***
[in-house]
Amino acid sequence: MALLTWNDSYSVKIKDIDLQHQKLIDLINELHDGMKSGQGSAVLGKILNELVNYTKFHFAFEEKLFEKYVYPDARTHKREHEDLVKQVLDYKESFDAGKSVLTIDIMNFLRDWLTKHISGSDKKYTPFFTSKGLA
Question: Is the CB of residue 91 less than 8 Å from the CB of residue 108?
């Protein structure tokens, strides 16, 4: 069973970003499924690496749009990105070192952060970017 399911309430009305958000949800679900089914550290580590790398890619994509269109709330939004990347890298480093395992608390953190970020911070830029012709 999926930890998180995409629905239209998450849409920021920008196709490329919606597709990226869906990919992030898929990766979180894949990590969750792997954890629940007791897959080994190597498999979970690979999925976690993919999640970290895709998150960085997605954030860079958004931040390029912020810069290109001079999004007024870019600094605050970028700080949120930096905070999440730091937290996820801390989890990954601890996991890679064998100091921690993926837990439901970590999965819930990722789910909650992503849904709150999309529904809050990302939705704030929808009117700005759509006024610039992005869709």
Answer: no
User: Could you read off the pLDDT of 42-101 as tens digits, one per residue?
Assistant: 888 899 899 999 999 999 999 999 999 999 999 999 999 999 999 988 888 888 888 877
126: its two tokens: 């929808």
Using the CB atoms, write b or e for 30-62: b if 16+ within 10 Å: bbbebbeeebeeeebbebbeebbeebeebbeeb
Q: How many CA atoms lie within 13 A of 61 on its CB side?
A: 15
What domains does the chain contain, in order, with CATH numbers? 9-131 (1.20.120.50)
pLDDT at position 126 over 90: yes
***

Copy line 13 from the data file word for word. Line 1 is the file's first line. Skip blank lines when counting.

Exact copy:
pLDDT at position 126 over 90: yes